Might I ask for lens suggestions? Sometimes I need a little more reach than my 18-55 kit lens allows. I would like to purchase my first automatic zoom, probably from Adorama, B&H, or here in the forum. (I like having a manual option on those if I can get it.)

I have been using a Sears 135mm manual lens at the football stadium, and it is a lot of work; I am missing some shots. Focusing is difficult, but mostly, it's a manual lens, and when the sun sets, my light disappears. So I open it wide but still end up doing a ton of post-processing to lighten/sharpen the photos. (the green button is not helping much with that.) I think an automatic zoom would eliminate much of my frustration.

Ok, back to the subject at hand and learning how to get the most out of KR image quality. Thanks.
For AF zoom lens, sorry I don't have any idea since I've been a prime shooter for so long! But I'm hearing good things about the Tamrom/Sigma 70-200 f2.8 or the DA* 50-135 if you have the spare cash.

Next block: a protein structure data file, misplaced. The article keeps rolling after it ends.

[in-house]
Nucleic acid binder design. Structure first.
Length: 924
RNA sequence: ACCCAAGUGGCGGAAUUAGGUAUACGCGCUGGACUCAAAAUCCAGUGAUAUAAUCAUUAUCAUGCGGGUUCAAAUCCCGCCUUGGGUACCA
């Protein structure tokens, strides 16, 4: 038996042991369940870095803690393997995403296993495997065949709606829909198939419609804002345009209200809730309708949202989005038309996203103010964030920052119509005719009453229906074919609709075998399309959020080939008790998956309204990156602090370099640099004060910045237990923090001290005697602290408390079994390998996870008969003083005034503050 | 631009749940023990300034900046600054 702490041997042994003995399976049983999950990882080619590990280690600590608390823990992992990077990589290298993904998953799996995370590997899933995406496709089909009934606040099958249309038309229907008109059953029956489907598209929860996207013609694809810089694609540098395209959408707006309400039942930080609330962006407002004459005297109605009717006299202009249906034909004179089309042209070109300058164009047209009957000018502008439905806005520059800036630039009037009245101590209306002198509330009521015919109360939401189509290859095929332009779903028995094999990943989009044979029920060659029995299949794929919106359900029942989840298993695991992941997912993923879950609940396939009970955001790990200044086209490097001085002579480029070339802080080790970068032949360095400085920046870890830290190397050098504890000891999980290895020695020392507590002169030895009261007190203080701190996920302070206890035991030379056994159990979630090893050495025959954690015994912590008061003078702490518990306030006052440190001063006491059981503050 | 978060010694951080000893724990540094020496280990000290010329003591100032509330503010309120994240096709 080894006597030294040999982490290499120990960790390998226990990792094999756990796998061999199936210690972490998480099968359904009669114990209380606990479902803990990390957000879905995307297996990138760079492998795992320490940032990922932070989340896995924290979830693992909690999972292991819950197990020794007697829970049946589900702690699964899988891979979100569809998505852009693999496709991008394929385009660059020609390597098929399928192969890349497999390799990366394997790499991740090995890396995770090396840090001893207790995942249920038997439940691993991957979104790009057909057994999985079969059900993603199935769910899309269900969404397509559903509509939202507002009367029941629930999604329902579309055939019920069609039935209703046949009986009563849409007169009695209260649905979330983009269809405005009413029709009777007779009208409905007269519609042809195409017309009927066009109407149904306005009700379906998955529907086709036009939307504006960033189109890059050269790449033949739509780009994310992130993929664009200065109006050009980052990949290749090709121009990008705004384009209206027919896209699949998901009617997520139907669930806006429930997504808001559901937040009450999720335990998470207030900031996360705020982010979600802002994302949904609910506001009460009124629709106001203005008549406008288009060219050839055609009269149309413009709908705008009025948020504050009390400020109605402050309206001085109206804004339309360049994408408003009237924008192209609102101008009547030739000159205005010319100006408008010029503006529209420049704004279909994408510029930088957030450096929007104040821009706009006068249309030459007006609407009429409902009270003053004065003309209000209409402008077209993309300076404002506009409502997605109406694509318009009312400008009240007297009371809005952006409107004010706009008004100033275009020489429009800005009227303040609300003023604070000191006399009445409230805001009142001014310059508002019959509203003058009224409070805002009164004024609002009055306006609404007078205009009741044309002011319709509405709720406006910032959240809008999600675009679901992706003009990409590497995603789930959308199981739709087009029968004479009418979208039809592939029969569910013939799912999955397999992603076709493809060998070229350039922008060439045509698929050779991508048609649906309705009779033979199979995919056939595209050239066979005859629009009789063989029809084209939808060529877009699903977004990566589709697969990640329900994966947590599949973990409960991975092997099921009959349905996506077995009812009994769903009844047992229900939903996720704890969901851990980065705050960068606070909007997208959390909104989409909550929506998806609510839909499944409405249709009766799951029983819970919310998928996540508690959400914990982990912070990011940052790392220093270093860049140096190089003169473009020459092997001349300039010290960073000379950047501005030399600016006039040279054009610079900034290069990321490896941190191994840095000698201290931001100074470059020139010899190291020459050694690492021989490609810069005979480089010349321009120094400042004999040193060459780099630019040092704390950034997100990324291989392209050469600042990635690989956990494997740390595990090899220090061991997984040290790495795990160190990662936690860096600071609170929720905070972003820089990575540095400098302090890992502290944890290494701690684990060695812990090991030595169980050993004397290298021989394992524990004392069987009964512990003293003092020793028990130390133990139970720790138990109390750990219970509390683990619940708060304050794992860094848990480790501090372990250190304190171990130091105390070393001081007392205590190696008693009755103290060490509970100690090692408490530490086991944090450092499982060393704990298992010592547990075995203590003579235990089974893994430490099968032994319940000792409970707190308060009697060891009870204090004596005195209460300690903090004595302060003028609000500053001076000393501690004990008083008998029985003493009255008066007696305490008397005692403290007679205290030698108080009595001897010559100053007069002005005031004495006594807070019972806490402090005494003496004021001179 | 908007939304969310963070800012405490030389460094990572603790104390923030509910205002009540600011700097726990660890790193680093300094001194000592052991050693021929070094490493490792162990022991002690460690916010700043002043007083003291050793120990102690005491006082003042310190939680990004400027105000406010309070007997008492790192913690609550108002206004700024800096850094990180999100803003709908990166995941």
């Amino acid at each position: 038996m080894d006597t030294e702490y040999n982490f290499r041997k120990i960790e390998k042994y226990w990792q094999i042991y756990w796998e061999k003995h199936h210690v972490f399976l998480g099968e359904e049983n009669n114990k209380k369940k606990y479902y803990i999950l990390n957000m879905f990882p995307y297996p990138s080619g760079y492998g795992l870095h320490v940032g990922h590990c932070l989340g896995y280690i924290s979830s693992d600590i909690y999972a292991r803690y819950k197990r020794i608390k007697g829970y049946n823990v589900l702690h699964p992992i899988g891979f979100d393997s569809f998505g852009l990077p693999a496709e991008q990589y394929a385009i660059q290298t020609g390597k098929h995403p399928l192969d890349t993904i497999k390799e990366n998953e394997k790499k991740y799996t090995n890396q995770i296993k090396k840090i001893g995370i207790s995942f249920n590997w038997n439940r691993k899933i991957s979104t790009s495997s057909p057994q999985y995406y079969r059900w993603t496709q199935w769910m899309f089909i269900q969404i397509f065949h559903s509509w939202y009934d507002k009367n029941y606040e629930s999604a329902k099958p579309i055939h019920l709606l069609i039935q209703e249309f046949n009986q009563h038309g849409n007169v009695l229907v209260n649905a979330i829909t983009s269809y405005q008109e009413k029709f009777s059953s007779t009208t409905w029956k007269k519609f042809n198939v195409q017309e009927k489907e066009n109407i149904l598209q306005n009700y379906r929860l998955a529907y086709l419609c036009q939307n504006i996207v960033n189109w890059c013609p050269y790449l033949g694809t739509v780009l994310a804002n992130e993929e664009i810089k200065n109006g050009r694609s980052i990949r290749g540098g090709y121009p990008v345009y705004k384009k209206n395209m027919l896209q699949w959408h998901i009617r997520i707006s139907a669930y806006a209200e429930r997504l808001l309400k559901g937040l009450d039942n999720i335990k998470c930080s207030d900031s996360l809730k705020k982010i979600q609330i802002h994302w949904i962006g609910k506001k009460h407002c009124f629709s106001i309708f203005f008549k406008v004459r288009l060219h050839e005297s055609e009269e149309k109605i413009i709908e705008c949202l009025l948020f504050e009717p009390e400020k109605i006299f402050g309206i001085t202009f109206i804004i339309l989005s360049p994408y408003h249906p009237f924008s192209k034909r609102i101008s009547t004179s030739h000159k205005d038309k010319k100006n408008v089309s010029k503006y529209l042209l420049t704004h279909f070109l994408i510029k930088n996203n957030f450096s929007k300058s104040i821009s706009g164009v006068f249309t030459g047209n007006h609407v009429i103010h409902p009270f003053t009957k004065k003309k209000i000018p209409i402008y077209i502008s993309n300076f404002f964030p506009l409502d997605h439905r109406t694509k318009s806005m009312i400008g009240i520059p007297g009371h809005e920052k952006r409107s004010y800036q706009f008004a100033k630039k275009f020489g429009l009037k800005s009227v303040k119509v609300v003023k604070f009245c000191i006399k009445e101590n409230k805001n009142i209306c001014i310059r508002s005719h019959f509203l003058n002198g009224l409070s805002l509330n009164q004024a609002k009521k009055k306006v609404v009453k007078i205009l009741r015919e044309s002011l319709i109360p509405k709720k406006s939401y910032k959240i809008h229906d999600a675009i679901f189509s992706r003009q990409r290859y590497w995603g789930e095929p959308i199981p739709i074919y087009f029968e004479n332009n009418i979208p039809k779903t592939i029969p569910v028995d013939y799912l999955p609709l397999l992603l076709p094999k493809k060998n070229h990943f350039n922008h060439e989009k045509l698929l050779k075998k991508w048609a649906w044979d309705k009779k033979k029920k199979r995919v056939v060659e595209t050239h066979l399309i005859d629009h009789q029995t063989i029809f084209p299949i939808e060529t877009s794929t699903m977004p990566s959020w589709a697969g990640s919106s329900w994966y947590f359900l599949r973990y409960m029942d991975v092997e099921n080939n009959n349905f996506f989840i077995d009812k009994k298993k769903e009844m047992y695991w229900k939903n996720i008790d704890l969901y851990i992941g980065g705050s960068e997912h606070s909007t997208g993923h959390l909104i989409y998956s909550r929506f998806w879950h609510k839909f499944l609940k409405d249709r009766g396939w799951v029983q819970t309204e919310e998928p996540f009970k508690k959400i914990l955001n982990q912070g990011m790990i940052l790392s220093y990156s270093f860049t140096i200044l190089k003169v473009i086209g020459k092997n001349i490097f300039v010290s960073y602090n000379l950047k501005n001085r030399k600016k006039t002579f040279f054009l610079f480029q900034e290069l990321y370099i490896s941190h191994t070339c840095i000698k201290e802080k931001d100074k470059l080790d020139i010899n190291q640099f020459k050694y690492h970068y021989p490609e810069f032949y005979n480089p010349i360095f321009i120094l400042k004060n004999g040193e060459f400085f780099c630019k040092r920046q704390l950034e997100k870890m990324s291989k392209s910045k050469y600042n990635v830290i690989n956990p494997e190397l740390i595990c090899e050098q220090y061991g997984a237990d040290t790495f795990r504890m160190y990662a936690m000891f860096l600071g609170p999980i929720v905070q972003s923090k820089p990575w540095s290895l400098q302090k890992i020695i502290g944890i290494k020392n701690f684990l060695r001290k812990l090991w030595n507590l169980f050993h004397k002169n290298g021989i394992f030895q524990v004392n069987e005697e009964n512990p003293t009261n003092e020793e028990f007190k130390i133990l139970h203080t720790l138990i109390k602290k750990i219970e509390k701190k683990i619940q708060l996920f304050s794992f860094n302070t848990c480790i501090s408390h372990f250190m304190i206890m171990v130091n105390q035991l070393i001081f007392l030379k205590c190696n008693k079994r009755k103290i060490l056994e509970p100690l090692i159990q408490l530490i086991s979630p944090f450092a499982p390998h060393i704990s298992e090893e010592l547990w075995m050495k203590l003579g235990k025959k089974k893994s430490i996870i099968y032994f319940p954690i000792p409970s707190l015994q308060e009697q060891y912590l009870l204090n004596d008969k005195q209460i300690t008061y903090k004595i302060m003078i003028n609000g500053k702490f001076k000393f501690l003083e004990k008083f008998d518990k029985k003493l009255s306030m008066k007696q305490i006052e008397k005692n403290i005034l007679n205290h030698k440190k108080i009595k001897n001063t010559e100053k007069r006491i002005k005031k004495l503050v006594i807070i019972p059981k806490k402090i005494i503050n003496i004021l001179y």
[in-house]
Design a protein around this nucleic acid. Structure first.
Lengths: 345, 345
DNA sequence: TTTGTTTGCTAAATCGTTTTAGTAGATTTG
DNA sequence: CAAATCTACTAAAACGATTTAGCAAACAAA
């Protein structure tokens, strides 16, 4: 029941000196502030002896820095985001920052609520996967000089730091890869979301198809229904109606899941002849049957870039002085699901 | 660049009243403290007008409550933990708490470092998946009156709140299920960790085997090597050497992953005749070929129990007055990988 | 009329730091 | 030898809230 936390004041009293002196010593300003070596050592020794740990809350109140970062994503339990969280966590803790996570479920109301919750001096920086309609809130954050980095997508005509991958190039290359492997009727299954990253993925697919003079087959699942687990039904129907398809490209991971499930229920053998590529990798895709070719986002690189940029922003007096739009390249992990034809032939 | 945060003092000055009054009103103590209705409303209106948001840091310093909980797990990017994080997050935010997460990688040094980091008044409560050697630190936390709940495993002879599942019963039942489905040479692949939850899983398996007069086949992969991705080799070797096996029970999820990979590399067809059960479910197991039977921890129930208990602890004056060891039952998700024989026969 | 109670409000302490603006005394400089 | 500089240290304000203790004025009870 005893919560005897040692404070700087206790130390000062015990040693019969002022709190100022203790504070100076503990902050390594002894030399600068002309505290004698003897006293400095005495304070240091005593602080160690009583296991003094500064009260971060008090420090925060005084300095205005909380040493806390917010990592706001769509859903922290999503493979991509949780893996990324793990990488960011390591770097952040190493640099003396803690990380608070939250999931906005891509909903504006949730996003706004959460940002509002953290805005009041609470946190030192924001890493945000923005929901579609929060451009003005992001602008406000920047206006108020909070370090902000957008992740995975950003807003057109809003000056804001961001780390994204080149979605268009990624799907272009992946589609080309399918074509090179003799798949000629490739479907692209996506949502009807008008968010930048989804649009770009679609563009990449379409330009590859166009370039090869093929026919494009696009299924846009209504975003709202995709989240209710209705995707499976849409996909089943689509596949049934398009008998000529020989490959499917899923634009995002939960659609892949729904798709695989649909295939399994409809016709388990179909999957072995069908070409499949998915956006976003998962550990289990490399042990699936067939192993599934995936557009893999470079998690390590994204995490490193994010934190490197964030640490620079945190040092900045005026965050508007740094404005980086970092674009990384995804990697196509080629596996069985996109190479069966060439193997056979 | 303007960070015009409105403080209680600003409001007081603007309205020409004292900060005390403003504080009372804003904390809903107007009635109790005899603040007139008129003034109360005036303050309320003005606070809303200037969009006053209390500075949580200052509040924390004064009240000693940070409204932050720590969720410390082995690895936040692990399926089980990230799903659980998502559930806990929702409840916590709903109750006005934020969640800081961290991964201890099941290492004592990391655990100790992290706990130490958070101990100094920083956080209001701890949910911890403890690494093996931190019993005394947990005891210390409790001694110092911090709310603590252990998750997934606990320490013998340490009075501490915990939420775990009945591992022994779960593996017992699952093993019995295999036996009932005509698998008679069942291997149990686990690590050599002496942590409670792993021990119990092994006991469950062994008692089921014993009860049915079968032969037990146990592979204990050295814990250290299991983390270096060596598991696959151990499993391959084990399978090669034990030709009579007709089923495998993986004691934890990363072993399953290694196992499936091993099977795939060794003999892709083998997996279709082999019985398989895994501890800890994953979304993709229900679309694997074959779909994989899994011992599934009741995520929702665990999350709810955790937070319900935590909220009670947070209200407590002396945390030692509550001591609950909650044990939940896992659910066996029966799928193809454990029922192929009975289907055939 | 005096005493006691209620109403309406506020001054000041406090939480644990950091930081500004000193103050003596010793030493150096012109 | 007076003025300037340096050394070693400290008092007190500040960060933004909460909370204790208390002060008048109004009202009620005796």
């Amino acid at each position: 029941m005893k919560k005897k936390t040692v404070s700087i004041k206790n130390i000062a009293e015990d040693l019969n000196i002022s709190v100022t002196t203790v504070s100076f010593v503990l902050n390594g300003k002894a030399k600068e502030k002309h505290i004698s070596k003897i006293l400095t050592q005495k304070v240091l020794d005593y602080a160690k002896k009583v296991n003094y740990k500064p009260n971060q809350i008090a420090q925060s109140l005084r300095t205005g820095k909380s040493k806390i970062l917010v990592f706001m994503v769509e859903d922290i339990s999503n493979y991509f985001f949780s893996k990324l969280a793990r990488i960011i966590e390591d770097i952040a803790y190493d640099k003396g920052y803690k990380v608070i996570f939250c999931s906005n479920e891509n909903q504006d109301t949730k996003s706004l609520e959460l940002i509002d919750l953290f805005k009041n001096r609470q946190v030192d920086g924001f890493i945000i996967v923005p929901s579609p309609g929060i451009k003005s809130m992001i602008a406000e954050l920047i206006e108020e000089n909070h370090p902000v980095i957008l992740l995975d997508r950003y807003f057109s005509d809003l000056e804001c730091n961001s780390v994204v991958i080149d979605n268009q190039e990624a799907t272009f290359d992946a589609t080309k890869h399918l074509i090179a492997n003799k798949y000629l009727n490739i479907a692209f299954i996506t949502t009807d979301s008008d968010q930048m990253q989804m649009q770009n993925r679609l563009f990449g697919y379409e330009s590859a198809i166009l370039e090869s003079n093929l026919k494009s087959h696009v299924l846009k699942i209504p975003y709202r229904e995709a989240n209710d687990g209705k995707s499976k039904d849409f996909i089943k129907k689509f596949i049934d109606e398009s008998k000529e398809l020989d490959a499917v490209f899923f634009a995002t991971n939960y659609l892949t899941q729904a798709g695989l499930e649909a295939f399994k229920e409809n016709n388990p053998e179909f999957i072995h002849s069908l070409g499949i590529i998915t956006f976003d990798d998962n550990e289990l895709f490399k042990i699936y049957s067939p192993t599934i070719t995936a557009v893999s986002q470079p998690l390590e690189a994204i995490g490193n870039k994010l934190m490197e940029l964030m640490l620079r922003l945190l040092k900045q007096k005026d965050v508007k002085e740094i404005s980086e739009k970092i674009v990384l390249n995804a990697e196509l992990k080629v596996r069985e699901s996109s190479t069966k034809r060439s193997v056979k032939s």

The Kr is probably one of the best DSLR I used that when the K30 came out, all I wanted was the bigger OVF... so I bought the OVF magnifier instead.

Camera Pentax K-r
Exposure 0.05 sec (1/20)
Aperture f/2.8
Focal Length 40 mm
ISO Speed 800
Exposure Bias -0.3 EV

DA 40 f2.8 Limited
11-24-2012, 04:22 AM   #89
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QuoteOriginally posted by newmikey Quote
Are you taking me for a ride here? I'm starting to believe this post is just a bit of clever trolling. No other way to explain it. I'll give it one more try: why sunset mode on that first image if there is no sunset? Are you aware of what sunset mode does? Why complain about image quality if you intentionally mishandle camera settings like that?